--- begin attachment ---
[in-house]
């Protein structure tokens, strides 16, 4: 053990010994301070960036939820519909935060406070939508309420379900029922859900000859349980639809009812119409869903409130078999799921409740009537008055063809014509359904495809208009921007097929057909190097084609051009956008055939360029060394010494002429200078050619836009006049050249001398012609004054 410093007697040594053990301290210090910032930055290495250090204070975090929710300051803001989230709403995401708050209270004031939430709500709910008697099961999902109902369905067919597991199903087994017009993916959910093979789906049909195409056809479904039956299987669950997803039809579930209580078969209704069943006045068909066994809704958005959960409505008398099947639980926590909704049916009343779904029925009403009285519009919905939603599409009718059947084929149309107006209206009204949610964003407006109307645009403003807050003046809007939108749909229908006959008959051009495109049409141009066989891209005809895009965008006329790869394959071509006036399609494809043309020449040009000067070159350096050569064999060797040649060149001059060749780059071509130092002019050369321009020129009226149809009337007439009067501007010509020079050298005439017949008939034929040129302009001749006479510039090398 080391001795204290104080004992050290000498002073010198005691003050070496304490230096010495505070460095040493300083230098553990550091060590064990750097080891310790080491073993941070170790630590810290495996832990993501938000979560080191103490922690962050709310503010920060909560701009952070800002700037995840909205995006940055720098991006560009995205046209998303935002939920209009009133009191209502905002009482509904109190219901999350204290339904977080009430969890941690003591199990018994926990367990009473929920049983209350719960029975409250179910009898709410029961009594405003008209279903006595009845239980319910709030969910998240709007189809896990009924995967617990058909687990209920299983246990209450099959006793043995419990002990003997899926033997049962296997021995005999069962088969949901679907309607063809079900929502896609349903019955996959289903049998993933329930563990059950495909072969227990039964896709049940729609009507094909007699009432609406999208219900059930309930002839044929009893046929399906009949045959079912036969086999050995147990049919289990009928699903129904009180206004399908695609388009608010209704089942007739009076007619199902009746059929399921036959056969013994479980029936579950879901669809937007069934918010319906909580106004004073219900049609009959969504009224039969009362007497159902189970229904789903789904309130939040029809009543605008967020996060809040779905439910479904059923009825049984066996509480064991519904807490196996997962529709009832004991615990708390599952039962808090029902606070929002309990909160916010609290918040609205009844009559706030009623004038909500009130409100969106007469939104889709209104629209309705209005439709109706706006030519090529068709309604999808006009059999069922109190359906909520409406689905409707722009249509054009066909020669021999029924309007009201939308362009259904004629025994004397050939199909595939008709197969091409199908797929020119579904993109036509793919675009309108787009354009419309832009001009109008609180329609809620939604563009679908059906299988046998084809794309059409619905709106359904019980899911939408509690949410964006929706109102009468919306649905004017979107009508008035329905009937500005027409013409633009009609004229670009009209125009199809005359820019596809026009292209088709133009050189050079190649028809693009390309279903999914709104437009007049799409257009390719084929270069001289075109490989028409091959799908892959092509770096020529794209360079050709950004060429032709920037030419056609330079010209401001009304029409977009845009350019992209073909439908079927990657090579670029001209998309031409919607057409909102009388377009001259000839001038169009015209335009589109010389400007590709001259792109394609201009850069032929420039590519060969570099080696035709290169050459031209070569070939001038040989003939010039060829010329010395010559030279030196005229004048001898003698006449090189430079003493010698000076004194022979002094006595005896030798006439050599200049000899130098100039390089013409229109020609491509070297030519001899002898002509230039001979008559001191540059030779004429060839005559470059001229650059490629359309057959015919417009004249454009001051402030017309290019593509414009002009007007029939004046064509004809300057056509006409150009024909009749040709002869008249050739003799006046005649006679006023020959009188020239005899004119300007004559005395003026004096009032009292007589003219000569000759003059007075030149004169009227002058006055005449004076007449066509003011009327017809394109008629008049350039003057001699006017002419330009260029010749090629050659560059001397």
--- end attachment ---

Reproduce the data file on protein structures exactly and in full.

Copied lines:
[in-house]
């Protein structure tokens, strides 16, 4: 053990010994301070960036939820519909935060406070939508309420379900029922859900000859349980639809009812119409869903409130078999799921409740009537008055063809014509359904495809208009921007097929057909190097084609051009956008055939360029060394010494002429200078050619836009006049050249001398012609004054 410093007697040594053990301290210090910032930055290495250090204070975090929710300051803001989230709403995401708050209270004031939430709500709910008697099961999902109902369905067919597991199903087994017009993916959910093979789906049909195409056809479904039956299987669950997803039809579930209580078969209704069943006045068909066994809704958005959960409505008398099947639980926590909704049916009343779904029925009403009285519009919905939603599409009718059947084929149309107006209206009204949610964003407006109307645009403003807050003046809007939108749909229908006959008959051009495109049409141009066989891209005809895009965008006329790869394959071509006036399609494809043309020449040009000067070159350096050569064999060797040649060149001059060749780059071509130092002019050369321009020129009226149809009337007439009067501007010509020079050298005439017949008939034929040129302009001749006479510039090398 080391001795204290104080004992050290000498002073010198005691003050070496304490230096010495505070460095040493300083230098553990550091060590064990750097080891310790080491073993941070170790630590810290495996832990993501938000979560080191103490922690962050709310503010920060909560701009952070800002700037995840909205995006940055720098991006560009995205046209998303935002939920209009009133009191209502905002009482509904109190219901999350204290339904977080009430969890941690003591199990018994926990367990009473929920049983209350719960029975409250179910009898709410029961009594405003008209279903006595009845239980319910709030969910998240709007189809896990009924995967617990058909687990209920299983246990209450099959006793043995419990002990003997899926033997049962296997021995005999069962088969949901679907309607063809079900929502896609349903019955996959289903049998993933329930563990059950495909072969227990039964896709049940729609009507094909007699009432609406999208219900059930309930002839044929009893046929399906009949045959079912036969086999050995147990049919289990009928699903129904009180206004399908695609388009608010209704089942007739009076007619199902009746059929399921036959056969013994479980029936579950879901669809937007069934918010319906909580106004004073219900049609009959969504009224039969009362007497159902189970229904789903789904309130939040029809009543605008967020996060809040779905439910479904059923009825049984066996509480064991519904807490196996997962529709009832004991615990708390599952039962808090029902606070929002309990909160916010609290918040609205009844009559706030009623004038909500009130409100969106007469939104889709209104629209309705209005439709109706706006030519090529068709309604999808006009059999069922109190359906909520409406689905409707722009249509054009066909020669021999029924309007009201939308362009259904004629025994004397050939199909595939008709197969091409199908797929020119579904993109036509793919675009309108787009354009419309832009001009109008609180329609809620939604563009679908059906299988046998084809794309059409619905709106359904019980899911939408509690949410964006929706109102009468919306649905004017979107009508008035329905009937500005027409013409633009009609004229670009009209125009199809005359820019596809026009292209088709133009050189050079190649028809693009390309279903999914709104437009007049799409257009390719084929270069001289075109490989028409091959799908892959092509770096020529794209360079050709950004060429032709920037030419056609330079010209401001009304029409977009845009350019992209073909439908079927990657090579670029001209998309031409919607057409909102009388377009001259000839001038169009015209335009589109010389400007590709001259792109394609201009850069032929420039590519060969570099080696035709290169050459031209070569070939001038040989003939010039060829010329010395010559030279030196005229004048001898003698006449090189430079003493010698000076004194022979002094006595005896030798006439050599200049000899130098100039390089013409229109020609491509070297030519001899002898002509230039001979008559001191540059030779004429060839005559470059001229650059490629359309057959015919417009004249454009001051402030017309290019593509414009002009007007029939004046064509004809300057056509006409150009024909009749040709002869008249050739003799006046005649006679006023020959009188020239005899004119300007004559005395003026004096009032009292007589003219000569000759003059007075030149004169009227002058006055005449004076007449066509003011009327017809394109008629008049350039003057001699006017002419330009260029010749090629050659560059001397």